Additionally, Warner Bros. He mentions “press conferences in which artists faced racist, gender-biased, and homophobic problems. For a long time, requests for special benefits and benefits and unprofessional requests were made to our teams and other people” in the industry.
These statements align with the accusations leveled by actress Scarlett Johansson, who said this weekend that she had refused for years to participate in HFPA press conferences due to “sexist questions and comments” which, according to her, “touched off sexual harassment”. .
Mark Ruffalo and David Oyelow have also reacted against the organization, while dozens of advertisers from agencies that typically work with HFPA have also distanced themselves.
Controversial Golden Globe
The Golden Globes were once seen as a waiting room for Oscars, but in recent years their significance has come into question and even parodied – for example, by the humorist Ricky Gervais, the host of various ceremonies.
But in an investigation published on February 22, the Los Angeles Times questioned the importance of HFPA still in the US film industry, stating that members of the organization receive large bonuses, the source of which is opaque, and not all of them are effective journalists.
Through interviews with more than 50 people, including production studio agents and producers and seven former and current members of the association, the American newspaper traced the picture of the questionable performance, the protectionism of its members and disconnected from reality.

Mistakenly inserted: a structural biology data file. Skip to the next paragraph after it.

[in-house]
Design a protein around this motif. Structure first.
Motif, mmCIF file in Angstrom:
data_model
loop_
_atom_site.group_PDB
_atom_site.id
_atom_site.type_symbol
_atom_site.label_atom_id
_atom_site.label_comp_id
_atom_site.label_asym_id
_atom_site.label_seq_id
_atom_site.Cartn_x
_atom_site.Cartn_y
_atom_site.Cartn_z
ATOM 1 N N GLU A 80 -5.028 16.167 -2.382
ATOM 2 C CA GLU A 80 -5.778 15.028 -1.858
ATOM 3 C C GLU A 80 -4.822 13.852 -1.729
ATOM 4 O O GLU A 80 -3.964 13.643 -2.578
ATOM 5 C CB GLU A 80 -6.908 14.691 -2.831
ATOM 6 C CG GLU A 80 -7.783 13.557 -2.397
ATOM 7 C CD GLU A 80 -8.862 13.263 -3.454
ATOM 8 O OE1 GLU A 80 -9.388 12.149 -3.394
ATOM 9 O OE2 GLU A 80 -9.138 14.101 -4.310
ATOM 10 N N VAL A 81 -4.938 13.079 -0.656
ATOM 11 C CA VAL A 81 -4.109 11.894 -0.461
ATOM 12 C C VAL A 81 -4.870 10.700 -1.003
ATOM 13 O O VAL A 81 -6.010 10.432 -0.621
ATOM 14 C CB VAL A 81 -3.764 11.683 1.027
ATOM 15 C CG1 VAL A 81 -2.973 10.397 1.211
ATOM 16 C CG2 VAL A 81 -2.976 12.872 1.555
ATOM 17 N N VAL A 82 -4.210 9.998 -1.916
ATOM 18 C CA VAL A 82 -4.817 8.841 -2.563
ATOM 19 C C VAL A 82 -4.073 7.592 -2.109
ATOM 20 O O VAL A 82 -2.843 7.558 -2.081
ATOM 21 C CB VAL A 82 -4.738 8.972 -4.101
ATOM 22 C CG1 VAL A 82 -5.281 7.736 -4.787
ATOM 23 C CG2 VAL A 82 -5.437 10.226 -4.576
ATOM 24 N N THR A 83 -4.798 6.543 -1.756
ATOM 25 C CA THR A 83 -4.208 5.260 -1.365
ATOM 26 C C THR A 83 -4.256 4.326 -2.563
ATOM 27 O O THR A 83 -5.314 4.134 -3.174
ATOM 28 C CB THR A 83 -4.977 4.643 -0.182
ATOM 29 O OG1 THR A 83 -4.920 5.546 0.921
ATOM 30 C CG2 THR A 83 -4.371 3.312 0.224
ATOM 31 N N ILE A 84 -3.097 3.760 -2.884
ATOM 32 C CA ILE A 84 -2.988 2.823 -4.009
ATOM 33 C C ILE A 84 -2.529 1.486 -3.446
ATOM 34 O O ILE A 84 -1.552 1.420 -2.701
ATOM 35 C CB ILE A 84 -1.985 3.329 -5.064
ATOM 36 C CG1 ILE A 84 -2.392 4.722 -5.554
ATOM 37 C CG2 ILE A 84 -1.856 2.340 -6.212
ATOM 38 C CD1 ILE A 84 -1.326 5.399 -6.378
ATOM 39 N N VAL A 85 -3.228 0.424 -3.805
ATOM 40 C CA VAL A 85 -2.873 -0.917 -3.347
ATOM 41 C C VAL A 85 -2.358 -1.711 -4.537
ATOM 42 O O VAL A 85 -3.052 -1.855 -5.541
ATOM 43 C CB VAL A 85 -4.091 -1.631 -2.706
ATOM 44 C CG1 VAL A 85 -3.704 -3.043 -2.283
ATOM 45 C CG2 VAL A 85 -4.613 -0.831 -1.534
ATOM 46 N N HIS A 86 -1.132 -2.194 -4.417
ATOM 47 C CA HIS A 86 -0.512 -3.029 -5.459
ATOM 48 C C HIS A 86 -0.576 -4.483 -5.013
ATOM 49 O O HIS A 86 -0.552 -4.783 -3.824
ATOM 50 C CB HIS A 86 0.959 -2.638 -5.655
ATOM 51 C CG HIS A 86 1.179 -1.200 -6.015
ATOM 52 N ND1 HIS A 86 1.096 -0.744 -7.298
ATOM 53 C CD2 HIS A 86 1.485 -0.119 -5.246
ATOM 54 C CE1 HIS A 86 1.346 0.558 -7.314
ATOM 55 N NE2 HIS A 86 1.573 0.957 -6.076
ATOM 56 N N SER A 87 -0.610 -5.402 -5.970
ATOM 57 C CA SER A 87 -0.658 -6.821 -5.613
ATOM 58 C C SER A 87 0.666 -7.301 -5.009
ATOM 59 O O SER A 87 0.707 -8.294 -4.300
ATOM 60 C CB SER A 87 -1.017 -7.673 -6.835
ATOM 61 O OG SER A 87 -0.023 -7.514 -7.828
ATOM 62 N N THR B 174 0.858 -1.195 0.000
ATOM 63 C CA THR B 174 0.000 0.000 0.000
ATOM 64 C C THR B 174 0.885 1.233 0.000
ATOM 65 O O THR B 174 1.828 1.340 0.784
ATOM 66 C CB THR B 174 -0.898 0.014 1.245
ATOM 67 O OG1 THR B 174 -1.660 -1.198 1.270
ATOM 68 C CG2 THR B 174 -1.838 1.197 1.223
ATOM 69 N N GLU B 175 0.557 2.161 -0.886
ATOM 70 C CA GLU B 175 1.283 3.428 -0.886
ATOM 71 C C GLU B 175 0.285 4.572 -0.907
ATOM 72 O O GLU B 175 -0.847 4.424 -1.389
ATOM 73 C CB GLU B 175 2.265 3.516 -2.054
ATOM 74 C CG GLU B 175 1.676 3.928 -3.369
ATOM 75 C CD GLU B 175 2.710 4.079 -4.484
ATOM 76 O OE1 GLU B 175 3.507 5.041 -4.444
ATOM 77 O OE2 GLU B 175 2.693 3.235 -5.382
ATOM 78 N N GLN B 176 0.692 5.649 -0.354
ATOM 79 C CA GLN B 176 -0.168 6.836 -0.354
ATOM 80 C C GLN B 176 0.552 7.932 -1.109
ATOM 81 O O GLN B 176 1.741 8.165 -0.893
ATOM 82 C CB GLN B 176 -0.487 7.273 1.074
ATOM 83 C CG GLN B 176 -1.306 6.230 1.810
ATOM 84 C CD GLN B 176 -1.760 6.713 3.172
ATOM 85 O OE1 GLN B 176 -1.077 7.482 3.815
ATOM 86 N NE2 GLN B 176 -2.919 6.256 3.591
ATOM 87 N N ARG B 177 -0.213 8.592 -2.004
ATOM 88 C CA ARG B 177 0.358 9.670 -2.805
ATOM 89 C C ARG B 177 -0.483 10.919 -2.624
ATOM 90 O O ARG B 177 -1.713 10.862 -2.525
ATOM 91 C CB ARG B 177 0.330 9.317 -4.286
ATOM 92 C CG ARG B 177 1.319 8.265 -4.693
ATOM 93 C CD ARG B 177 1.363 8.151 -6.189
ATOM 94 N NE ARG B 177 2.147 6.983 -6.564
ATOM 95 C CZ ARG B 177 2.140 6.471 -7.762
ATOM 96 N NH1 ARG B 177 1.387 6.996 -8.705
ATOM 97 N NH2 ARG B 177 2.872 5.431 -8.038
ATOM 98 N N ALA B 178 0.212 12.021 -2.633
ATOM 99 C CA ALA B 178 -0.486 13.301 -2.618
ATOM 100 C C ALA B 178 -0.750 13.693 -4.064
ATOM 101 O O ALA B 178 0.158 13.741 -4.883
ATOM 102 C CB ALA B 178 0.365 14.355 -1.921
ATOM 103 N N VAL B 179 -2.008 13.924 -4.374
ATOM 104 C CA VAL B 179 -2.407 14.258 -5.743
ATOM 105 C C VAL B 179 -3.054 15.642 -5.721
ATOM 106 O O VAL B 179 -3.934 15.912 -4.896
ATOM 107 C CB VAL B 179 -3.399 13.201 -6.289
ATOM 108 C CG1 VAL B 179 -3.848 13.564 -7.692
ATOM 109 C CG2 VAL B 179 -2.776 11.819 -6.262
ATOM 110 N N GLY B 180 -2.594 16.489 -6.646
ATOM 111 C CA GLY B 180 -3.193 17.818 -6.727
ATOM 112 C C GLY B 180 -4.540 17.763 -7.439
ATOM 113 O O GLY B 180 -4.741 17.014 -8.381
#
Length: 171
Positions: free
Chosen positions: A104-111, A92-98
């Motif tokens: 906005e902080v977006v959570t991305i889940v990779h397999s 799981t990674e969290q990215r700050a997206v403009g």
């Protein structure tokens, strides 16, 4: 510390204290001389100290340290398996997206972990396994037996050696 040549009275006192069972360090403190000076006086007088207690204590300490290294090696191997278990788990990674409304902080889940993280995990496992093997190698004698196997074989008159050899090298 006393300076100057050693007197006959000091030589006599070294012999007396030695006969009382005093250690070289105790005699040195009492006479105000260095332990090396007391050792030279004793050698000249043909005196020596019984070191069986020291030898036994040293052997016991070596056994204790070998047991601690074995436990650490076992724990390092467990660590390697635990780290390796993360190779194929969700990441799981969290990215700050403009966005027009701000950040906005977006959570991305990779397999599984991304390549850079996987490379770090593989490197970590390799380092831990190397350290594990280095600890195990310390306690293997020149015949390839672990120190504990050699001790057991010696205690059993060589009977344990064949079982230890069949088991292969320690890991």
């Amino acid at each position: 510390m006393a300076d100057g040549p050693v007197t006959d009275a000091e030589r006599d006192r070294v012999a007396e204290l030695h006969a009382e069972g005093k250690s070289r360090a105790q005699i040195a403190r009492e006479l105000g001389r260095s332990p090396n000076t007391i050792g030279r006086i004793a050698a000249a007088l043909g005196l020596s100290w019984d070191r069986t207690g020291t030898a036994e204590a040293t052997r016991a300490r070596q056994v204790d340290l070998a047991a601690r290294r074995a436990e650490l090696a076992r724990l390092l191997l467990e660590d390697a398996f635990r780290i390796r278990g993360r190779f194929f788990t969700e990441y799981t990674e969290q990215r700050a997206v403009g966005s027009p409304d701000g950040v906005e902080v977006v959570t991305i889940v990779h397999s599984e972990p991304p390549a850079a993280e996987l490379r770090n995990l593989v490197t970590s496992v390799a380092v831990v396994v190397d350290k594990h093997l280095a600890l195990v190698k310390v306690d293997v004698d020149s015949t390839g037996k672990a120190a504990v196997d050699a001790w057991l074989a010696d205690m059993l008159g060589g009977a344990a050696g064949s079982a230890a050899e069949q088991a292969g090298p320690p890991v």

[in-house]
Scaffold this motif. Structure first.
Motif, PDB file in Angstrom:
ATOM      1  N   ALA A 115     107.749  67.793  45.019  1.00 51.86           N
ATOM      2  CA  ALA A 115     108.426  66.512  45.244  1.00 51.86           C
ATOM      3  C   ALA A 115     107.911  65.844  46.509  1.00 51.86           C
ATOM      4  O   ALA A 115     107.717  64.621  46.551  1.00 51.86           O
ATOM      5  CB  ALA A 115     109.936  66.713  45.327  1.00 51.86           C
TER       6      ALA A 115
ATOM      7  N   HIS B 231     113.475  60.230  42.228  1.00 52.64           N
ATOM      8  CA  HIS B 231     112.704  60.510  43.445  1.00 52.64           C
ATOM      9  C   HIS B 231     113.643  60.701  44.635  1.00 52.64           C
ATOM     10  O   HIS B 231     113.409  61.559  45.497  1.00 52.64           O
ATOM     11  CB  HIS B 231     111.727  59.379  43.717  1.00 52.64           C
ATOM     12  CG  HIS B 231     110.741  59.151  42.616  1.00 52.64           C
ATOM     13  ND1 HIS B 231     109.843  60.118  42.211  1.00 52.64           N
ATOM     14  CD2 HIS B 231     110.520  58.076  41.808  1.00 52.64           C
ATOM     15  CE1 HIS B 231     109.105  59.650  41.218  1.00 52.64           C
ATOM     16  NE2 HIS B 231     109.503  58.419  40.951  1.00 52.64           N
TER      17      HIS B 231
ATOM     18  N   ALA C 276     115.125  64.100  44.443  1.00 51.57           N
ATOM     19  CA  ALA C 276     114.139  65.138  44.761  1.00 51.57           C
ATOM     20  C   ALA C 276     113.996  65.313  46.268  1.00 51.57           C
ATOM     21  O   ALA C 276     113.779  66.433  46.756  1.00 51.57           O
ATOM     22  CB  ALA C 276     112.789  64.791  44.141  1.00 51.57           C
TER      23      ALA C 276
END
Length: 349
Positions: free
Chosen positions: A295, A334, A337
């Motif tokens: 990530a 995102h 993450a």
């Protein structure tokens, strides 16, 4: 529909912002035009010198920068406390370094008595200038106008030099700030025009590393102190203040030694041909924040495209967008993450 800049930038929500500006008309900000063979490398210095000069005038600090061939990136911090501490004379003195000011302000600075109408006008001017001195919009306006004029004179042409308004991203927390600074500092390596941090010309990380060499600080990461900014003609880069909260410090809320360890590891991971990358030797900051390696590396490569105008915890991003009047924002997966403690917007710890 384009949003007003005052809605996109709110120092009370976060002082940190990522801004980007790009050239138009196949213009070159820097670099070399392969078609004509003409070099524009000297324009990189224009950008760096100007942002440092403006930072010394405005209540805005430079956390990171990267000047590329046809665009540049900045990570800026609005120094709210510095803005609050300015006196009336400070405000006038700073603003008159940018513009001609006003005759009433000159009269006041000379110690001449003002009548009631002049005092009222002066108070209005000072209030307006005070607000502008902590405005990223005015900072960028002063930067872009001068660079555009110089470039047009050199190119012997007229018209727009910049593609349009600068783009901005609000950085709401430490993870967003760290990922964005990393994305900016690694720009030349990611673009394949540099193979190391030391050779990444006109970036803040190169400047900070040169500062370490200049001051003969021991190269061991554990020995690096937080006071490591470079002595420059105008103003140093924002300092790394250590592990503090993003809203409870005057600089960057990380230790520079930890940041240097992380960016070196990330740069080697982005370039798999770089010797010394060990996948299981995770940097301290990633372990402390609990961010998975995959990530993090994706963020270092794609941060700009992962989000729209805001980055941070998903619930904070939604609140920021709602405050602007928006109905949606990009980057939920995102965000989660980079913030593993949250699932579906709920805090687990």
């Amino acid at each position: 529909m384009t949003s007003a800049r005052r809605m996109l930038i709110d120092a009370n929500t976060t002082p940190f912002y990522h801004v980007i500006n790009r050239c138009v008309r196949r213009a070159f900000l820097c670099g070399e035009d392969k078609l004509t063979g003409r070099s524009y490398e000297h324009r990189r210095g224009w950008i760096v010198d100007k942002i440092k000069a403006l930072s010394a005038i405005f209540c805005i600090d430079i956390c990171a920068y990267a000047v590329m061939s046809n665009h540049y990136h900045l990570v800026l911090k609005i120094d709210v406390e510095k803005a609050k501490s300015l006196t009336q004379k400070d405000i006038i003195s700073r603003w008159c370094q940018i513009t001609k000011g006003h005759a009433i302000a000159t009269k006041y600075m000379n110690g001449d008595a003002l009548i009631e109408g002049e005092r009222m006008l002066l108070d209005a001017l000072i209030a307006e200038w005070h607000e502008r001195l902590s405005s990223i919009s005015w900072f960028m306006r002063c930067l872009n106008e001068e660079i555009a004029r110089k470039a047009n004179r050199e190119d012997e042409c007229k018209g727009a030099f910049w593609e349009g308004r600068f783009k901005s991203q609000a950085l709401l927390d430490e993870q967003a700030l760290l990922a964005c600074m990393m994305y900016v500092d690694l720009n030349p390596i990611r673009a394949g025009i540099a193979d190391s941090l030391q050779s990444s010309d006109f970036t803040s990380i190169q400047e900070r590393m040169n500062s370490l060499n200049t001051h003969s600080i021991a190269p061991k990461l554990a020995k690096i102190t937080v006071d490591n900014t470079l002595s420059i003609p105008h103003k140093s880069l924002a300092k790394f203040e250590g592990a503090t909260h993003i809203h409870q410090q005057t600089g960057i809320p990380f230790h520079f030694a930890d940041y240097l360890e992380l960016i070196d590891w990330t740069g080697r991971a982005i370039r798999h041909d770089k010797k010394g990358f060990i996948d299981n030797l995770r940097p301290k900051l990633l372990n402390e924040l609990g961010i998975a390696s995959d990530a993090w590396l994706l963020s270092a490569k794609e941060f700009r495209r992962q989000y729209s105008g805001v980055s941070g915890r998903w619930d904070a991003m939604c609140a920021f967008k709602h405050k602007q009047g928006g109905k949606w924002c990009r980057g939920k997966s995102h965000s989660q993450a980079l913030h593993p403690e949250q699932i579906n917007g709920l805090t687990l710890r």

More controversial is the assertion provided by the newspaper that among the 87 members there was no black person, and others represented several countries and still “many are not real journalists, because they do not pose a threat to anyone,” as described by one of the organization’s operatives.
This year, the association has come under widespread criticism for excluding from Golden Globe nominations several productions that could potentially be Oscar nominees, such as Spike Lee’s Da 5 Bloods, Judas and the Black Messiah by Shaka King, and Rainey: The Mother of the Blues. Written by George C. Wolf.
The newspaper also found, as a non-profit association, that HFPA had “significant payments” for its members – in 2020 amounting to 1.6 million euros – to belong to various committees and to perform certain tasks.
The association defended itself, saying that there were biases against members of the association, that the accounts of the association had been audited and that the practice of financial compensation for members was based on what was already practiced in relation to other non-profit organizations.
Every year, the awards ceremony numbers between 18 and 20 million viewers, a generous figure that is still seen by film studios as a major point in the Oscars calendar.
“The problem is that studios need them,” a Hollywood studio agent, who declined to be named, admitted.
This year, like other events, the Golden Globes also witnessed a historic drop in viewership due to the pandemic: there are no well-known films among the nominees and the usual date was changed in early January, when it took advantage of the sports program’s audience. The, February 28 concert by Tina Fey and Amy Poehler and adapted to the default look, with almost no red carpet and with stars in the house, attracted only 6.9 million viewers.